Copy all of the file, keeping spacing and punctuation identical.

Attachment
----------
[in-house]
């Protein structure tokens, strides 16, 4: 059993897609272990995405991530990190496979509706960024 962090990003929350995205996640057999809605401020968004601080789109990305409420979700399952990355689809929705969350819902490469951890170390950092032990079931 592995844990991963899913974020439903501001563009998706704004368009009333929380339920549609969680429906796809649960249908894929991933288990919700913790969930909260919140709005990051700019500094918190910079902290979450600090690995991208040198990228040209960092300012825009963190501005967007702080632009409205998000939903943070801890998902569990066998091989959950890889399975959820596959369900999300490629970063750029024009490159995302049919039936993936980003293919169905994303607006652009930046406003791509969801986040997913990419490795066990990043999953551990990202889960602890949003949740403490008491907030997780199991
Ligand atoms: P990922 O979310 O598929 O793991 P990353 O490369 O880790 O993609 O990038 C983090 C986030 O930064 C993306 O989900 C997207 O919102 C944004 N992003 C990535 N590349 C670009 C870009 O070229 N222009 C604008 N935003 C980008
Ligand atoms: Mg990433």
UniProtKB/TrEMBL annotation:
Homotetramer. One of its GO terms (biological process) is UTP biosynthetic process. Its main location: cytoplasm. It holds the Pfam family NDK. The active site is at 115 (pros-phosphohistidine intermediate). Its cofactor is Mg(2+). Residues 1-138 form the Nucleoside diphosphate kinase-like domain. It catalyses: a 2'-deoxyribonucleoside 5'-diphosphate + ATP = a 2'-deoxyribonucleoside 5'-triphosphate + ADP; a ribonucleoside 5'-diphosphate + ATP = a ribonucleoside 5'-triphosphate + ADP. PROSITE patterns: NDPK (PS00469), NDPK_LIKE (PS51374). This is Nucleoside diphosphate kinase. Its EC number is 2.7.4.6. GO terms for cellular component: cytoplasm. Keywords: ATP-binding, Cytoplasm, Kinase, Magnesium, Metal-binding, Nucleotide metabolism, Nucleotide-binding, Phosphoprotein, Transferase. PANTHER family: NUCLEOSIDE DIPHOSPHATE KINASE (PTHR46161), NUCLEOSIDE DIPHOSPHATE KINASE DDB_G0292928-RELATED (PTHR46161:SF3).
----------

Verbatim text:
[in-house]
């Protein structure tokens, strides 16, 4: 059993897609272990995405991530990190496979509706960024 962090990003929350995205996640057999809605401020968004601080789109990305409420979700399952990355689809929705969350819902490469951890170390950092032990079931 592995844990991963899913974020439903501001563009998706704004368009009333929380339920549609969680429906796809649960249908894929991933288990919700913790969930909260919140709005990051700019500094918190910079902290979450600090690995991208040198990228040209960092300012825009963190501005967007702080632009409205998000939903943070801890998902569990066998091989959950890889399975959820596959369900999300490629970063750029024009490159995302049919039936993936980003293919169905994303607006652009930046406003791509969801986040997913990419490795066990990043999953551990990202889960602890949003949740403490008491907030997780199991
Ligand atoms: P990922 O979310 O598929 O793991 P990353 O490369 O880790 O993609 O990038 C983090 C986030 O930064 C993306 O989900 C997207 O919102 C944004 N992003 C990535 N590349 C670009 C870009 O070229 N222009 C604008 N935003 C980008
Ligand atoms: Mg990433």
UniProtKB/TrEMBL annotation:
Homotetramer. One of its GO terms (biological process) is UTP biosynthetic process. Its main location: cytoplasm. It holds the Pfam family NDK. The active site is at 115 (pros-phosphohistidine intermediate). Its cofactor is Mg(2+). Residues 1-138 form the Nucleoside diphosphate kinase-like domain. It catalyses: a 2'-deoxyribonucleoside 5'-diphosphate + ATP = a 2'-deoxyribonucleoside 5'-triphosphate + ADP; a ribonucleoside 5'-diphosphate + ATP = a ribonucleoside 5'-triphosphate + ADP. PROSITE patterns: NDPK (PS00469), NDPK_LIKE (PS51374). This is Nucleoside diphosphate kinase. Its EC number is 2.7.4.6. GO terms for cellular component: cytoplasm. Keywords: ATP-binding, Cytoplasm, Kinase, Magnesium, Metal-binding, Nucleotide metabolism, Nucleotide-binding, Phosphoprotein, Transferase. PANTHER family: NUCLEOSIDE DIPHOSPHATE KINASE (PTHR46161), NUCLEOSIDE DIPHOSPHATE KINASE DDB_G0292928-RELATED (PTHR46161:SF3).